Derek Brandt is a person with type 1 diabetes, entrepreneur, CEO of Global Center for Technology Innovation in Diabetes aka Diabetes Center Berne (DCB), an investment committee member of the Swiss Diabetes Venture Fund & more.
We explore how he is supporting startups and running trials that are changing how we manage diabetes.
2:26 Having diabetes seems to have paid off for you… making lemonade from lemons… Are you grateful for the diagnosis in hindsight?
“Not sure if I am grateful that I have type 1 diabetes. But it helped me in University, I focused on pharmacology and similar sciences to help me understand insulin secretion. It also helps when you work in the (diabetes technology) industry because you have a completely different view of things. I live with diabetes, but this does not dictate my daily life.”
5:05 When were you diagnosed (with Type 1 Diabetes)?
“I was diagnosed just after finishing school and starting University … and it was after having an infection.”
6:09 The transition from scientist to entrepreneur/businessman… How did that come about?
“I met my wife when I was studying… and after passing pharmacology, she said; that’s enough university, it’s time to make some money. So I funded my first company, which was a clinical research organization. We grew the company to 150 staff and did 200 studies, testing drugs for big pharmaceutical companies.”
9:00 The origins of the Diabetes Center Berne? What does Diabetes Center Berne do?
“Diabetes Center Berne is a nonprofit organization, which investigates and funds innovative diabetes technology. Assisting startups through grants, coaching support, networking, and a clinical team to run trails to assist with registration purposes. The whole organization is designed to support innovators that can improve the lives of people with diabetes.”
12:07 What do/don’t you love about the work that you do for Diabetes Center Berne?
“(I love what I do), but after seeing over 200 noninvasive blood glucose technology (products and now they are coming back to us saying they are) using old technology but now using AI. But if the underlying technology and the science doesn’t work then the AI doesn’t really help.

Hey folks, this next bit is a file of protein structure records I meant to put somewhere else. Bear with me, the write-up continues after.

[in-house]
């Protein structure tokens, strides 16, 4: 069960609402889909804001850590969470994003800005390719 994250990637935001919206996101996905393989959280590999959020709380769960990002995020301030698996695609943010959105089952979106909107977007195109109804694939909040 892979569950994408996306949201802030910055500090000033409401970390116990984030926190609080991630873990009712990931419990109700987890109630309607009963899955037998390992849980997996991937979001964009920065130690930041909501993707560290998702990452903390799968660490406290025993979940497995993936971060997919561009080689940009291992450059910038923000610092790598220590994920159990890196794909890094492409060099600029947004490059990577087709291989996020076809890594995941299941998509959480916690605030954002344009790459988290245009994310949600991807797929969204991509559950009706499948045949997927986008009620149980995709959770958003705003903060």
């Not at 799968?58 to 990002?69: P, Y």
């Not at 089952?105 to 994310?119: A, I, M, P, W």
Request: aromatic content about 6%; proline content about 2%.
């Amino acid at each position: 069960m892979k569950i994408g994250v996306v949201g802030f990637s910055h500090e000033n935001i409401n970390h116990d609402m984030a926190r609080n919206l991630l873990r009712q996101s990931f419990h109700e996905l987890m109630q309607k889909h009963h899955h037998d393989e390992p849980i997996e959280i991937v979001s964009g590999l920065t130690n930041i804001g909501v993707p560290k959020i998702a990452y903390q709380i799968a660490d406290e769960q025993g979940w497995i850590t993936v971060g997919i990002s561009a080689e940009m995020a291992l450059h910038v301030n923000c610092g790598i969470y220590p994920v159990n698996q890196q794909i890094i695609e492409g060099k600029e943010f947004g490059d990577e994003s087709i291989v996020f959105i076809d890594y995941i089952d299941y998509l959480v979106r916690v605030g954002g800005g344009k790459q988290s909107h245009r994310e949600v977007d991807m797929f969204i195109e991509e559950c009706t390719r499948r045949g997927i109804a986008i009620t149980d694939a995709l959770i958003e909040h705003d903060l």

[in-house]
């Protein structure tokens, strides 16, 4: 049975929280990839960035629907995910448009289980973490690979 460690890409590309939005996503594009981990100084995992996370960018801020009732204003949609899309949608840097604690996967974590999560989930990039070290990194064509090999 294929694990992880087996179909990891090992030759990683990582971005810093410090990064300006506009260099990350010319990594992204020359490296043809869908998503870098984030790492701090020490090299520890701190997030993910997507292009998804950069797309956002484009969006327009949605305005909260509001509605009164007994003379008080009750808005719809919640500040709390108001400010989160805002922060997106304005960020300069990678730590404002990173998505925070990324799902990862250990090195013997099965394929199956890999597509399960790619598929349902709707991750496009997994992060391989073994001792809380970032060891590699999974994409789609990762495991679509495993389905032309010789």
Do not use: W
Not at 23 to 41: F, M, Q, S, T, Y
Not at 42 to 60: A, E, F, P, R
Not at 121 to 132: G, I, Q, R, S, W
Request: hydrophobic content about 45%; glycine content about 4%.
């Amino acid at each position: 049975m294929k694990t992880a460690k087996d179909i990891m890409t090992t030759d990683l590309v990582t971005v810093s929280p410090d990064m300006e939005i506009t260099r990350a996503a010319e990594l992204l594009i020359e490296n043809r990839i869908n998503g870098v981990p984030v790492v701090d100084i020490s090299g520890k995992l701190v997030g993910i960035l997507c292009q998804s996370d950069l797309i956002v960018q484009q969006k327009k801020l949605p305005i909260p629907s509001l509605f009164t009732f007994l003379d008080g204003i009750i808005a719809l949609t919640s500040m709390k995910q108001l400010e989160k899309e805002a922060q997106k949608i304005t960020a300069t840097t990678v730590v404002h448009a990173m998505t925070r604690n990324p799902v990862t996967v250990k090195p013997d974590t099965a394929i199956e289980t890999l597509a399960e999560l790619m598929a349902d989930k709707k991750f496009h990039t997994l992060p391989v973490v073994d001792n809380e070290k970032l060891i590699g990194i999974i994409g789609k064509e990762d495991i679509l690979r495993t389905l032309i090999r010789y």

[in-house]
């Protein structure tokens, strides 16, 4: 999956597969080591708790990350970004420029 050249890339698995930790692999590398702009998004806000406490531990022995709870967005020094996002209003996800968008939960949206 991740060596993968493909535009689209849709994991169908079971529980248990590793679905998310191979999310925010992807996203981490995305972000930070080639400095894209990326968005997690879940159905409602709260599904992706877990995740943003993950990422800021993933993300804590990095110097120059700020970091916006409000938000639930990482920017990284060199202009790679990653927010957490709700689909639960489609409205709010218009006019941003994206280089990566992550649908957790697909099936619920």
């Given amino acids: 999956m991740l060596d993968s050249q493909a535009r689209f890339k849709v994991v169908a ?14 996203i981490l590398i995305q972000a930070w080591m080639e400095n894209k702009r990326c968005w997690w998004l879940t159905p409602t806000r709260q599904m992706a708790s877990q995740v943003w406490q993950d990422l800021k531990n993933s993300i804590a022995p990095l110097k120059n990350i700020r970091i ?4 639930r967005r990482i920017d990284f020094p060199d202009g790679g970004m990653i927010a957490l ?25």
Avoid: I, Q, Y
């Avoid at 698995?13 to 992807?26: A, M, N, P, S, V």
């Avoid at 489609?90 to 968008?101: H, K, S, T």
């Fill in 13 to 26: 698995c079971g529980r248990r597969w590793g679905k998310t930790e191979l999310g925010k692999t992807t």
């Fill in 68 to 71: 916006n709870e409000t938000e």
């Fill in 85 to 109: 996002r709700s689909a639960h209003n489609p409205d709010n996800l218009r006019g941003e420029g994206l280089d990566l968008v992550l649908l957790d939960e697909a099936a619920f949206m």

13:00 A good example – a small company from Finland 15:27 Another project from the research side – using car eye sensors
… I really like these projects. It is so inspiring to do this work and hopefully in the future – in different fields of diabetes – we have features that help in daily life.”
18:15 How do we make large-scale behavioral changes?
“I’m not sure if we should work too much on the behavioral changes of people living with diabetes. They have to make a lot of decisions every day to (survive), so telling people how to behave (isn’t the solution) but to give people better tools and supporting tools to help people to live their normal life.”
“AI only works with a lot of data. The first thing is how will we collect the data and merge data from multiple technologies, such as; glucose, insulin, activities, heart rate, habits, and lifestyle … Then how will we use it… However, AI isn’t always the answer… 23:00 Example 1. Auto-mode driving 24:10 Example 2. Life is unpredictable
AI only works in 95%-98% of cases. You need to be in the driving seat for that 2%. Therefore, you still have to learn how to manage diabetes, AI isn’t a 100% management solution.”
26:10 What does a cure for diabetes look like for you?
“As a person with diabetes, I would love to see a cure.
Implant a cube with genetically modified islet cells that can produce insulin that can automatically manage blood glucose. They are currently testing transplants and islet cells but you need to take immune suppressant drugs so the body doesn’t kill off foreign islet cells. There are (currently) much more side effects in taking these suppressants than self-managing insulin. I would rather take insulin 5-6 times every day, before taking immune-system suppressants.”
“(Recently) it has been proven you can test glucose at the same spot as you (administer) insulin. So in the future, we will see the merging of glucose and insulin pump technology in one device, at one location.”
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